I took from James Harden.” DeCosey scored the Owls’ final nine points in the win against UConn, when he scored 23 points. He’s reached 20 points or more in nine games this season, and the Owls are 8-1 in those contests. “It’s big,” Bond said of his teammate’s scoring ability. “He’s the type of guy we can go to just to get a bucket for us. We can isolate him anywhere on the court looking for him to get a basket.” With four regular season games remaining in his college career, DeCosey said it would be a little more special this time around if he can bring his team to the NCAA tournament. “It would mean everything to me,” DeCosey said. “When we made the tournament my freshman year, I didn’t really contribute a lot like I would have wanted to. Me being the guy this year, trying to lead our team back to the NCAA Tournament, to be able to make a run would mean a lot.” * T @Owen_McCue

If our guards can stay in front, “even if they get beat once, our

help-side defense can keep them from scoring.

Obi Enechionyia | sophomore forward

ia said. “They didn’t play much inside. Most of their scoring came from their guards, either from the perimeter or driving to the bucket. If we can shut them down, we can go on runs and that can make a difference in point differential.” Enechionyia said the Owls need to improve their defense of Tulsa’s guards. Junior Pat Birt and seniors Shaquille Harrison and James Woodard all average more than 12 PPG. “Our help-side defense wasn’t as good as it should have been,” Enechionyia said. “If our guards can stay in front, even if they get beat once, our help side defense can keep them from scoring.” A win Tuesday would improve the Owls’ conference record to 12-3 with three games remaining. Last season, Temple went 13-5 in conference. The Owls, who are in first place in the conference, have won six of their last seven games, including their last six conference games. The Owls lone loss in that stretch came last Wednesday against No. 1 Villanova. “Everyone is locked in,” Enechionyia said. “We all know how good of a team we can be and what we need to do to help our chances of getting in the tournament. That’s our main goal.” *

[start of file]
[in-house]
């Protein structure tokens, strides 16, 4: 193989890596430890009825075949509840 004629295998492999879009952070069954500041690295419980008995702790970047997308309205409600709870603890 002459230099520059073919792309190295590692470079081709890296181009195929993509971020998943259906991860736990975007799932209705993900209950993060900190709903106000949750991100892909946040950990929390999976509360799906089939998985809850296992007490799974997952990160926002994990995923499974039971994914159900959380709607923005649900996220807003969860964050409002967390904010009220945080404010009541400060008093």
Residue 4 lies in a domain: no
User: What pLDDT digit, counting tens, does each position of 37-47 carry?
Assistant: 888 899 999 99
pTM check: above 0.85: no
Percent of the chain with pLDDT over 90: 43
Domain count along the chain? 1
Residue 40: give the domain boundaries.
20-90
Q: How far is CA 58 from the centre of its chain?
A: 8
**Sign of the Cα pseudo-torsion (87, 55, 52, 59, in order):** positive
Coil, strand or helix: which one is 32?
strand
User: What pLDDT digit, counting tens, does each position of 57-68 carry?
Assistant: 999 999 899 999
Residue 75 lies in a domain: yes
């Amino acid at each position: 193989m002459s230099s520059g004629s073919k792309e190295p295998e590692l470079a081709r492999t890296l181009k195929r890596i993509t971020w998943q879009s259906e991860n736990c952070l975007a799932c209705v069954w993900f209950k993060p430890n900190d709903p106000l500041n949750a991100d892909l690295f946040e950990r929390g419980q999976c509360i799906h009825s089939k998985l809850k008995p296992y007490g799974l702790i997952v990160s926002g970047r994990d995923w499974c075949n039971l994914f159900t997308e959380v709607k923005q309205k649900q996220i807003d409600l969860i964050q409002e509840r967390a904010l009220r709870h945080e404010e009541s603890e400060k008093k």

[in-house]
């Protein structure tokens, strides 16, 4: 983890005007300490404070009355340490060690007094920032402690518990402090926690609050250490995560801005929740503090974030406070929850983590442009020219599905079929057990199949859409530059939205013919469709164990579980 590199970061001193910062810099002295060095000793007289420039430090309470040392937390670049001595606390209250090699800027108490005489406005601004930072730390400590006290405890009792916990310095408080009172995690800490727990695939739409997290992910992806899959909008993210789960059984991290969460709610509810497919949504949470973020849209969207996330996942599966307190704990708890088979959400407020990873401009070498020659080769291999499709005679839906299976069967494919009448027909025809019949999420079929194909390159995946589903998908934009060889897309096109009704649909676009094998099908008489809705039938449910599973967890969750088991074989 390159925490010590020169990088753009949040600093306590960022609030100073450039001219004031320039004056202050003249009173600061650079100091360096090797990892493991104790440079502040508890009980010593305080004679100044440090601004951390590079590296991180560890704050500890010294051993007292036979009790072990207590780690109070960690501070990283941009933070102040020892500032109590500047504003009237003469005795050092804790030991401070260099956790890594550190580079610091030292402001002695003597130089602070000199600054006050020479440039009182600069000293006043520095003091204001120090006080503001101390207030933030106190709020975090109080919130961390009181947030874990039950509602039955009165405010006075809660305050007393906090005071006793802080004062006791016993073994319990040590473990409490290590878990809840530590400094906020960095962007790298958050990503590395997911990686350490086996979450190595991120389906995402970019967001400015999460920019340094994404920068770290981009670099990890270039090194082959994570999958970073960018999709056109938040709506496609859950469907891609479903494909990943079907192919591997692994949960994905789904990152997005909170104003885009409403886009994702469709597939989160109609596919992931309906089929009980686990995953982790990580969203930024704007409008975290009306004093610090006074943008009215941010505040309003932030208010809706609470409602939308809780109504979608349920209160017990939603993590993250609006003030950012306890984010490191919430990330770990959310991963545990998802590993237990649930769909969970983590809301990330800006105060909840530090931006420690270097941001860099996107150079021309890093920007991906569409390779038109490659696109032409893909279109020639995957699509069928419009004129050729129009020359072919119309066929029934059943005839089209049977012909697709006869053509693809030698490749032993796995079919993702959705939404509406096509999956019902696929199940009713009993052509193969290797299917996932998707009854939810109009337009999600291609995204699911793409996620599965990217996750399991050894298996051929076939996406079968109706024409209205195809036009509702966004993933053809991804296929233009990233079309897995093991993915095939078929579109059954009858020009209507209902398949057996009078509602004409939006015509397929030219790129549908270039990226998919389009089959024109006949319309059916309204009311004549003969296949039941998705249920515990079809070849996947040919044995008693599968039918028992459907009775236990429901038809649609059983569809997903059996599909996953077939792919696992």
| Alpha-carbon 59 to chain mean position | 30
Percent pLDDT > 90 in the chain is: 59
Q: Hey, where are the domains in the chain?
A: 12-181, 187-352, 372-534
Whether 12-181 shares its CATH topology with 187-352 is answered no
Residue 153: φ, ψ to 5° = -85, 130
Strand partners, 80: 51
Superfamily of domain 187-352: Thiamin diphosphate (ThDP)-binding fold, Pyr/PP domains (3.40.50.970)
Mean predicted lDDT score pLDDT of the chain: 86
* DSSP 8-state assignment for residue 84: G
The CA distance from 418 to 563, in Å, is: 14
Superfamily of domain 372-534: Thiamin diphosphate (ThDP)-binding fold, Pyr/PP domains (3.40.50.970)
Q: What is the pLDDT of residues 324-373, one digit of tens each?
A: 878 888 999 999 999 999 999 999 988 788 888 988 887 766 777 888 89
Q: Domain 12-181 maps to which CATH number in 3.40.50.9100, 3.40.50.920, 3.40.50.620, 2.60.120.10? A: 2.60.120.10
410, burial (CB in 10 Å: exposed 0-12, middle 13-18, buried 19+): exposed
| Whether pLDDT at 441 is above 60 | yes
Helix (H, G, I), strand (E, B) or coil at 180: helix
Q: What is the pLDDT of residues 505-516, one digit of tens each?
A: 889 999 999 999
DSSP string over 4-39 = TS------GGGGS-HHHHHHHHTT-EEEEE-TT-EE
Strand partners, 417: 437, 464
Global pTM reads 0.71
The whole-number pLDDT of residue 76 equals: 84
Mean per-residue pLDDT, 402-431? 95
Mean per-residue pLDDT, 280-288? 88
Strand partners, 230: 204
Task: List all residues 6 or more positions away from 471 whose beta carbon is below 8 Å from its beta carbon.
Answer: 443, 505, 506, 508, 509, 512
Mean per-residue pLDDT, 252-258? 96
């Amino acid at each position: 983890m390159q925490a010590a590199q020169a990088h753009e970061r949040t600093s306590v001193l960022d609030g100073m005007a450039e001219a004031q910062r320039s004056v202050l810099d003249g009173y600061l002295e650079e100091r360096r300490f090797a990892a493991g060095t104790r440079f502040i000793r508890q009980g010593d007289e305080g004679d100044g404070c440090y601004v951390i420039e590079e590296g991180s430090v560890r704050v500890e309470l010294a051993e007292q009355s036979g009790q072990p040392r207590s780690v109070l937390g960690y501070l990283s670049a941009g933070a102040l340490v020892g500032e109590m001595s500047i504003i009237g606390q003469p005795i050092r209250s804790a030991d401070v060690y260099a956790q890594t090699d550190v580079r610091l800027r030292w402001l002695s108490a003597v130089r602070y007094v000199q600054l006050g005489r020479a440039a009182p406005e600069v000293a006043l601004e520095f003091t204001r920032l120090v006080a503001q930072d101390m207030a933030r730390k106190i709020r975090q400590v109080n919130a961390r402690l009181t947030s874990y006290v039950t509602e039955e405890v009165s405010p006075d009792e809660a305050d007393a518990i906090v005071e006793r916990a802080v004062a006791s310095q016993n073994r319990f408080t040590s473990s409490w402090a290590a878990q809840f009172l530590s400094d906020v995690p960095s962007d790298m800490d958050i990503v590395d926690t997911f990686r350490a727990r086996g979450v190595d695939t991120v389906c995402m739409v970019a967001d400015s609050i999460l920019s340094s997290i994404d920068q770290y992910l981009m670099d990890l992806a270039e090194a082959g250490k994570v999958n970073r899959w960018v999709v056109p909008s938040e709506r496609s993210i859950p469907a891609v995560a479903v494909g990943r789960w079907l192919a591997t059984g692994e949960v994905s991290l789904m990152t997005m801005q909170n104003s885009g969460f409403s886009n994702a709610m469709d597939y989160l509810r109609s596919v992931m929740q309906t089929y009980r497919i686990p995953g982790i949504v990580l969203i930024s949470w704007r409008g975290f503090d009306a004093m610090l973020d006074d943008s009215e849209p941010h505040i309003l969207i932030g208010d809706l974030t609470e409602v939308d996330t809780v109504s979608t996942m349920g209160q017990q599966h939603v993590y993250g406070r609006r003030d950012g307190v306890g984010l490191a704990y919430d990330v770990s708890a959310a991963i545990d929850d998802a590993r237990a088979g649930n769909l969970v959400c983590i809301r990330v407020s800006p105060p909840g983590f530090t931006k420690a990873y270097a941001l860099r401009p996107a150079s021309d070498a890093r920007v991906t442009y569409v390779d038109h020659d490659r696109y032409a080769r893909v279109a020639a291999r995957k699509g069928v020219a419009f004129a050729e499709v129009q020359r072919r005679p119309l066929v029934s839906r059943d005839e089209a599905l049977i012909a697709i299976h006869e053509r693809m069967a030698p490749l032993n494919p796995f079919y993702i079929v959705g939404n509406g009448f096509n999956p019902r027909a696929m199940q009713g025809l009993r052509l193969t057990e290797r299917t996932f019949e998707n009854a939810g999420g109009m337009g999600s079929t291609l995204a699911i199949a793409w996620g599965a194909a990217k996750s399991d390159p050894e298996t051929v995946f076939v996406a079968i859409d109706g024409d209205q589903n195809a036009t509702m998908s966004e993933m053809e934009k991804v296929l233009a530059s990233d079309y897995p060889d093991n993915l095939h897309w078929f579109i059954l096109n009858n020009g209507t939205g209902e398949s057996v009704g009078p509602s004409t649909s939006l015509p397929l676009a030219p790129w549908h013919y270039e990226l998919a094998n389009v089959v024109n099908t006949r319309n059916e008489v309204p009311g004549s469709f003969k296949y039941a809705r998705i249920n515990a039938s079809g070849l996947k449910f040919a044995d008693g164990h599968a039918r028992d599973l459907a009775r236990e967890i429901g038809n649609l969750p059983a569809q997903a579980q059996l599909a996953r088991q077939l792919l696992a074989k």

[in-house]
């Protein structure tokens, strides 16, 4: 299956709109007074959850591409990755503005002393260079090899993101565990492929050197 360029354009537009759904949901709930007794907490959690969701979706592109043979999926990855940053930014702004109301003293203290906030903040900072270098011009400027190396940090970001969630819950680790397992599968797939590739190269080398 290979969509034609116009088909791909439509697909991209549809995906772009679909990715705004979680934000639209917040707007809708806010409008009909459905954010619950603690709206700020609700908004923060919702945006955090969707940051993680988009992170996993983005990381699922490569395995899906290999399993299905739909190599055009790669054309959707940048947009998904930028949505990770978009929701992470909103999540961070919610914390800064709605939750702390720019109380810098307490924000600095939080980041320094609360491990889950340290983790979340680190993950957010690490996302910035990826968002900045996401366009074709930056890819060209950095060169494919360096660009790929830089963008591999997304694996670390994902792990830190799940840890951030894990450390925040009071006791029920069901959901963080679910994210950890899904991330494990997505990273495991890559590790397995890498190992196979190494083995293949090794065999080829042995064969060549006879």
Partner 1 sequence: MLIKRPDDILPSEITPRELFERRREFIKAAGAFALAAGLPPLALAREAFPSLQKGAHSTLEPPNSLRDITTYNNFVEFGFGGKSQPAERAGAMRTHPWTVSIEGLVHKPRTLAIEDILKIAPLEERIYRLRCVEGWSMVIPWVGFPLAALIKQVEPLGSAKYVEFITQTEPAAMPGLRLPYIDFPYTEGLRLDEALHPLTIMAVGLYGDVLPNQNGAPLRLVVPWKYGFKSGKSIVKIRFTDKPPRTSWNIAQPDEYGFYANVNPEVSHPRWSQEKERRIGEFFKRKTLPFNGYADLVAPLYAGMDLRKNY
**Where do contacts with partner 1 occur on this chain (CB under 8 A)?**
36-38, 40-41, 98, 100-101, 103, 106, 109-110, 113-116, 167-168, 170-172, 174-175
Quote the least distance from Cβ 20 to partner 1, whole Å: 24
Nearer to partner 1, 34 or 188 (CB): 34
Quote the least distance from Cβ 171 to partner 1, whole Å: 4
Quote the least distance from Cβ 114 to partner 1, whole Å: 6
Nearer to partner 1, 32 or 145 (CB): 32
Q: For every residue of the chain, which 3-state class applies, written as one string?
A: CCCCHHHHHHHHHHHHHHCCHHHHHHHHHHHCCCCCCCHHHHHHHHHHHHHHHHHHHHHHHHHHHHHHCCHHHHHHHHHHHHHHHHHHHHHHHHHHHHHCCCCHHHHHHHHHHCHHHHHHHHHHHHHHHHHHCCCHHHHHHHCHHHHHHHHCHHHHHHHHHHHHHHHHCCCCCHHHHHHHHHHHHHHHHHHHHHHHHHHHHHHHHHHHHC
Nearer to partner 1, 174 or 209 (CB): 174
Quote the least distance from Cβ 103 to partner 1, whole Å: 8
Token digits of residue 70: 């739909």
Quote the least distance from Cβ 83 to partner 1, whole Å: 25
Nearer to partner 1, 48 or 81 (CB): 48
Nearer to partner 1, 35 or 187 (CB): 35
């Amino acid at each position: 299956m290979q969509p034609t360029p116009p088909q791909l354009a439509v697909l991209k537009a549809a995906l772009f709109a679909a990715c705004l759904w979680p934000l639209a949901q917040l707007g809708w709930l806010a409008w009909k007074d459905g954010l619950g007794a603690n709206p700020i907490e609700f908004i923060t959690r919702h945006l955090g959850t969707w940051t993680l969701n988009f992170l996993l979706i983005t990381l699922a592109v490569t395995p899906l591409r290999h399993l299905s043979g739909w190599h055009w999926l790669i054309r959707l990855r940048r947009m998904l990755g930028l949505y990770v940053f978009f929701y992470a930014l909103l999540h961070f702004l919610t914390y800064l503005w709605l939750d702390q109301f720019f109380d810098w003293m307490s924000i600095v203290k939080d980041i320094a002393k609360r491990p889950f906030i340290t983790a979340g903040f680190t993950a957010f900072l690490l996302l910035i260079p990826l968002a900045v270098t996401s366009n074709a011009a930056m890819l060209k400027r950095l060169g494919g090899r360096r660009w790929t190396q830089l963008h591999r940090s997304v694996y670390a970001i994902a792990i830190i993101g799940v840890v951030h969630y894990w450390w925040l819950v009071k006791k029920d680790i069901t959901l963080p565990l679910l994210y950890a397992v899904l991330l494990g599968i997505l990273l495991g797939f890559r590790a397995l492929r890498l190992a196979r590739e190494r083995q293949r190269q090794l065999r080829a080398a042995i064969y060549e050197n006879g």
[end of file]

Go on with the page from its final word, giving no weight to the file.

Senior midfielder Megan Tiernan drives during the second half of the team’s 13-2 win against La Salle at Geasey Field last Wednesday.

Owls relying on defensive effort at beginning of season The team has allowed 14 goals in three games. By EVAN EASTERLING The Temple News After losing the ball on offense in the second half of last Wednesday’s win against La Salle, the Owls’ attackers pressured the Explorers’ junior defender Danielle Strang with a double-team in the corner to force a turnover. Senior attacker Brenda McDermott picked up the ground ball and made a pass

to Morgan Glassford, helping the junior midfielder score her second goal of the game. “I think we work a lot on getting the ball back in transition and that’s defense all together,” Glassford said. “We have to pressure the defenders as attackers and just pushing them back to their defensive end so we can eventually get the ball back. It’s very important for attackers to defend.” Defensive play has been a point of emphasis in the Owls’ opening games of the season. Temple has allowed 14 total goals in three games and six goals in the team’s two wins. Temple forced eight turnovers in Sunday’s 17-4 win against the University of Cali-

I am a firm believer that defense is the key to playing good offense. Bonnie Rosen | coach

fornia, Davis. After building a 7-1 lead, the Owls allowed two goals in 40 seconds. coach Bonnie Rosen called timeout with four minutes, two seconds left in the half with her team in the attacking zone. Senior attacker Rachel Schwaab scored 1:45 later to start a 5-0 run for the Owls. “We had a few moments that we allowed them to start to make a run back and we

stopped it before they got more than two goals back on us,” Rosen said. “And really the game of lacrosse is a game of swings and four-goal swings happen easily, so to stop it before a four-goal swing is really a key, and that happened.” The Owls limited LaSalle, which averaged 26.8 shots per game last season, to six shots in their 13-2 win. A combination of team defense and individual mark-ups